Lo, thus was the old custom and usage of this land; and men say that we of this land have not yet lost that custom. Alas, this is a great default of us Englishmen, for there may be no thing us please no term.


And finally, in his largest interjection, the reason, I think that so many people who read Malory are caught up in the mystery of the man, especially for those of you who remember his rap sheet.

This is the criminal and possible rapist in prison five hundred years ago, talking about a time he imagined about a thousand years before he was born:

"And thus it passed on from Candlemas until after Easter, that the month of May was come, when every lusty heart begins to blossom and to burgeon. For, like as trees and herbs burgeon and flourish in May, in like wise every lusty heart that is any manner of lover springs, burgeons, buds and flourishes in lusty deeds.

For it gives unto all lovers courage, that lusty month of May, in something to constrain him to some manner of thing more in that month than in any other month, for diverse causes: for then all herbs and trees renew a man and woman, and in like wise lovers call to their mind old gentleness and old service, and many kind deeds that was forgotten by negligence.

For, like as winter raisure does always erase and deface green summer, so fairs it by unstable love in man or woman: for in many persons there is no stability, for we may see all day, for a little blast of winters raisure, anon we shall deface and lay apart true love, for little or naught, that cost much thing.

This is no wisdom nor no stability, but it is feebleness of nature and great dishonour, whomever useth this.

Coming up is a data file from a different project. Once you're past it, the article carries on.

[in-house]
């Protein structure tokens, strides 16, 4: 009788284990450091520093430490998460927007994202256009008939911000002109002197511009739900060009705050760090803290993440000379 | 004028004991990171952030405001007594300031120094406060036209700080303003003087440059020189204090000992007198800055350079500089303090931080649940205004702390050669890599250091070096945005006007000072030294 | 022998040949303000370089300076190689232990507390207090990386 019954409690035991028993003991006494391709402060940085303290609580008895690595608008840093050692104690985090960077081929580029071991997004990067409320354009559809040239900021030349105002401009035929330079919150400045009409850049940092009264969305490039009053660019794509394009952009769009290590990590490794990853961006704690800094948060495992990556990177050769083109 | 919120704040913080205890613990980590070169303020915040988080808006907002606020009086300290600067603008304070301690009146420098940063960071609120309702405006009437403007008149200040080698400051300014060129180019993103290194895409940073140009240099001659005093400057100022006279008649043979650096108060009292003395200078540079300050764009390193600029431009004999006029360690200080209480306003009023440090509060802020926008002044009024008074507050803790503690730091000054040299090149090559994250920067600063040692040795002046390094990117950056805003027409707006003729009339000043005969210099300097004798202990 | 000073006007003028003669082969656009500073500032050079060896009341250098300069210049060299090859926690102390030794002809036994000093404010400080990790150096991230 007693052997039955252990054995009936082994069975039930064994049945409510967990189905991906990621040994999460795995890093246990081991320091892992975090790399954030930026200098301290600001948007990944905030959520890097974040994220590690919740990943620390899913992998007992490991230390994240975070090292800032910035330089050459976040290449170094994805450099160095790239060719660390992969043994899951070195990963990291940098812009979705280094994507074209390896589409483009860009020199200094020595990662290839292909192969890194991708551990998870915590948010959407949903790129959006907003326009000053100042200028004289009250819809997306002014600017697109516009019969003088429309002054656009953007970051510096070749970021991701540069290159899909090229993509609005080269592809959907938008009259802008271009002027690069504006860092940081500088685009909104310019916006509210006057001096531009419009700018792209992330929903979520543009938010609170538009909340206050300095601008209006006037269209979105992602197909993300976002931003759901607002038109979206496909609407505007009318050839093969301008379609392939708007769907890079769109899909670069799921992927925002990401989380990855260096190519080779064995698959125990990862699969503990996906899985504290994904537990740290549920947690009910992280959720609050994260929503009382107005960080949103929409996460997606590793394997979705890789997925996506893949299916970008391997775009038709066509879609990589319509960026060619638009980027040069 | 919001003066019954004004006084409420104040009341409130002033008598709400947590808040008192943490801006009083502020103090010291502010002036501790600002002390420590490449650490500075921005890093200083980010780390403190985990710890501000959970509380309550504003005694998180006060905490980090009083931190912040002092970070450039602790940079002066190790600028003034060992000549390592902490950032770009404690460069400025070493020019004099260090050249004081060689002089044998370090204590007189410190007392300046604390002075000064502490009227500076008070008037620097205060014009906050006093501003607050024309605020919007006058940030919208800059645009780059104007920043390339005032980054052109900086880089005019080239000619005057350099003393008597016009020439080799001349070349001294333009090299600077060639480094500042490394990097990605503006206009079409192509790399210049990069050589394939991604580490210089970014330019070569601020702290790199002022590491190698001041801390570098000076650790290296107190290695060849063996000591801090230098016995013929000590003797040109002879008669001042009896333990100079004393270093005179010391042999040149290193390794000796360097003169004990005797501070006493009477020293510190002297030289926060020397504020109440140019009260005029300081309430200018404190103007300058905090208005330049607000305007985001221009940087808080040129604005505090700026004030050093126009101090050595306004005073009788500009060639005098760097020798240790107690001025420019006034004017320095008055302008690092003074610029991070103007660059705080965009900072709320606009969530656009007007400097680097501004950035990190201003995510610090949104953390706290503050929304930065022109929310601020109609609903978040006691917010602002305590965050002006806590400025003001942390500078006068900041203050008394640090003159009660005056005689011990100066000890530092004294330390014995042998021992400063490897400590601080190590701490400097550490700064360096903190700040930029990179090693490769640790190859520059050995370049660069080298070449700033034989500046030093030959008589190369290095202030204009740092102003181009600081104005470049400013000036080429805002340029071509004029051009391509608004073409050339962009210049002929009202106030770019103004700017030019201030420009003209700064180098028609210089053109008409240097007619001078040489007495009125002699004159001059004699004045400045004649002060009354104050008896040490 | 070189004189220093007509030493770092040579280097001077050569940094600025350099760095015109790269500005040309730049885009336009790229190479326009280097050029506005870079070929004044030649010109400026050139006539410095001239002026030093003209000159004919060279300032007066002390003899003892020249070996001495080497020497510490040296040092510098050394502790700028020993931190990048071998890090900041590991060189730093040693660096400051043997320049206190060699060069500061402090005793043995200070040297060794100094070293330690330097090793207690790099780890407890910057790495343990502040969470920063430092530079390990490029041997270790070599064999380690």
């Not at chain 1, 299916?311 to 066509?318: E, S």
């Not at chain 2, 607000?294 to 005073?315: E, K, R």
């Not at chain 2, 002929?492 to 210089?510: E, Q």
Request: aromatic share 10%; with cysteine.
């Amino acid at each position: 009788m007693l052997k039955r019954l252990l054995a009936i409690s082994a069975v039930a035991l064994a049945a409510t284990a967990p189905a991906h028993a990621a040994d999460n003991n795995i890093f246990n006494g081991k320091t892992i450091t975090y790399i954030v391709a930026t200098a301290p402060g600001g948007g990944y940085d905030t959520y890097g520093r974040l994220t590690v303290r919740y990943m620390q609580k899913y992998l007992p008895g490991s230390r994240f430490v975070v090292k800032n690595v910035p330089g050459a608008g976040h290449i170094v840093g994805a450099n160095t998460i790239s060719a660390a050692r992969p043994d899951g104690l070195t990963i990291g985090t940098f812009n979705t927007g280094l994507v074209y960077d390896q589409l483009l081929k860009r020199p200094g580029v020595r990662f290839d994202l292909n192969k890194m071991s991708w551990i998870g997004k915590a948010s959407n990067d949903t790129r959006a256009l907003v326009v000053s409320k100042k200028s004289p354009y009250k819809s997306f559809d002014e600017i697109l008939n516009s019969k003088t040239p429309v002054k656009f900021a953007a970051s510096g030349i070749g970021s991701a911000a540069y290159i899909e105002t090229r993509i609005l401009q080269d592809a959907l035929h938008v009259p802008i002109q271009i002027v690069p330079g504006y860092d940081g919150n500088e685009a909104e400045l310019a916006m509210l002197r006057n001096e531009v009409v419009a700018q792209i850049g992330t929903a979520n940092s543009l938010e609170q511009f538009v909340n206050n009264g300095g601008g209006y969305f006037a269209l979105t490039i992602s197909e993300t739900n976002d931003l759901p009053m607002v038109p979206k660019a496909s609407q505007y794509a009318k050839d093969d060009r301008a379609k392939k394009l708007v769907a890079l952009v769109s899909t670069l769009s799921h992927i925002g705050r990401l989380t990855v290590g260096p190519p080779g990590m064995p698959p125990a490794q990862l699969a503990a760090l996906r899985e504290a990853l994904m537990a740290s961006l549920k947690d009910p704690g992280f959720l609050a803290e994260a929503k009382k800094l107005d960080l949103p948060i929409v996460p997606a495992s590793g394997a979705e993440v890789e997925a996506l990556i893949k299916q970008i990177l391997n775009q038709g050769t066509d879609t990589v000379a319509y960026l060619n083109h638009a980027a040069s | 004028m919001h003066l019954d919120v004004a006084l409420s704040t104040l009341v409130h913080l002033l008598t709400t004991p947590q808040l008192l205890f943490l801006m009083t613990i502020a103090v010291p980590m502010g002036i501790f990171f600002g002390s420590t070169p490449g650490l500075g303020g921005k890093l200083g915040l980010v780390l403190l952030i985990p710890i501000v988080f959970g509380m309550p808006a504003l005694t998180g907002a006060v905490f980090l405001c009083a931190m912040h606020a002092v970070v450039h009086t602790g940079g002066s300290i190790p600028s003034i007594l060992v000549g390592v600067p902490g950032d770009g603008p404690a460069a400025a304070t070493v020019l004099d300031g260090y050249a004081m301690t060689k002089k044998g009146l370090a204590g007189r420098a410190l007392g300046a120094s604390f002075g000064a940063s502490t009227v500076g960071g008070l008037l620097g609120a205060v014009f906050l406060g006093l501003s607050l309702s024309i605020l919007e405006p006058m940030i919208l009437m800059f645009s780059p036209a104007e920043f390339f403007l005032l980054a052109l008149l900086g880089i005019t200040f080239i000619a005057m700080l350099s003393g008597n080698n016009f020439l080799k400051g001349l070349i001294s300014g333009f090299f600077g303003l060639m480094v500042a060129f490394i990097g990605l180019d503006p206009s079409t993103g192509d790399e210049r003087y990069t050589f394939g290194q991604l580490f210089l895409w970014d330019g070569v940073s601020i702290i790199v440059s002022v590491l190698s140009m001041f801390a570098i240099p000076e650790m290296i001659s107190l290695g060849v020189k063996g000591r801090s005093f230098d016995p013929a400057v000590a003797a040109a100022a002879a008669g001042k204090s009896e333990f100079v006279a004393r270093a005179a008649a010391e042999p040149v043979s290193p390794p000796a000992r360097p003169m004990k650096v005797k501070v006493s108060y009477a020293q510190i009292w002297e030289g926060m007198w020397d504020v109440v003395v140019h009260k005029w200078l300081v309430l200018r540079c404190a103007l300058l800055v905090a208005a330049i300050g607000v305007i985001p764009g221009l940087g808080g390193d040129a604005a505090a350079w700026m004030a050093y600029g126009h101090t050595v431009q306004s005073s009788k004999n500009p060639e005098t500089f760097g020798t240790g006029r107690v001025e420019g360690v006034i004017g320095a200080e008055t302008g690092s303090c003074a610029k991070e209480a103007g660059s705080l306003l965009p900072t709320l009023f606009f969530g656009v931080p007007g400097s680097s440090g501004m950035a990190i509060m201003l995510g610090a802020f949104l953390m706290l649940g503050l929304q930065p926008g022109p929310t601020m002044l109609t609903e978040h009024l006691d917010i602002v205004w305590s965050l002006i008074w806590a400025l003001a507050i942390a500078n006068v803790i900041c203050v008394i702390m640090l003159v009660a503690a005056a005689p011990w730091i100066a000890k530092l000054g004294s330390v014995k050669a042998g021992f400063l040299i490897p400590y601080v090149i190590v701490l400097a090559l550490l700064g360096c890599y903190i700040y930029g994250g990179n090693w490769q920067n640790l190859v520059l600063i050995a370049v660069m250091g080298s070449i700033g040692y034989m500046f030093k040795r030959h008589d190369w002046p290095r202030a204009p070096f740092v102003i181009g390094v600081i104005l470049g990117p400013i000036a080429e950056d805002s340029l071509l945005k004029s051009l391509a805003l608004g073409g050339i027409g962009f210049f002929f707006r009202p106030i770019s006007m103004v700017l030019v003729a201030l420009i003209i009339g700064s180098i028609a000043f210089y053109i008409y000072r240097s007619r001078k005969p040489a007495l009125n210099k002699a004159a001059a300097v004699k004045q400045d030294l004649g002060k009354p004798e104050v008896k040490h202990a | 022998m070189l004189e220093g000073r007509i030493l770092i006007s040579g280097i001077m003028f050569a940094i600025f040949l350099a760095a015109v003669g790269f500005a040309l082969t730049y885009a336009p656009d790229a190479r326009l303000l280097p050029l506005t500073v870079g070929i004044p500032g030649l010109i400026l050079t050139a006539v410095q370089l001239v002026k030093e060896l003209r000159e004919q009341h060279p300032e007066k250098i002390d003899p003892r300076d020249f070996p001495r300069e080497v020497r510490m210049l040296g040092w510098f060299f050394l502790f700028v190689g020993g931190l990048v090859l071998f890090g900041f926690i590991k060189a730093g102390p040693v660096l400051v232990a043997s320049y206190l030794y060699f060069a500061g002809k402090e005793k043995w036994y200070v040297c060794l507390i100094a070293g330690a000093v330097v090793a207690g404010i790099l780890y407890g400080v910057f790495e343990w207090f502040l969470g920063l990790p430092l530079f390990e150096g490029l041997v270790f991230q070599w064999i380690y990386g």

Therefore, like as May month flowers and flourishes in every mans garden, so in like wise let every man of honour flourish his heart in this world, first unto God, and next unto the joy of them that he promised his faith unto. For there was never honourable man nor honourable woman , but that they loved one better than another; and honour in arms may never be foiled. But first reserve the honour to God, and secondly thy quarrel must come of thy lady - and such love I call virtuous love.

But nowadays men can not love seven night but they must have all their desires. That love may not endure by reason; for where lovers be soon accorded and hasty, heat soon cools. And right so fairs the love nowadays, soon hot, soon cold: this is no stability. But the old love was not so: for men and women could love together seven years, and no lecherous lust was between them - and then was love truth and faithfulness.

And so in like wise was used such love in King Arthurs says. Wherefore I liken love nowadays unto summer and winter: for like as the one is cold and the other hot, so fairs love nowadays.

And therefore all you that be lovers, call unto your remembrance the month of May, like as dead Queen Gwenyver, for whom I make a little mention, that while she loved she was a true lover, and therefore she had a good end."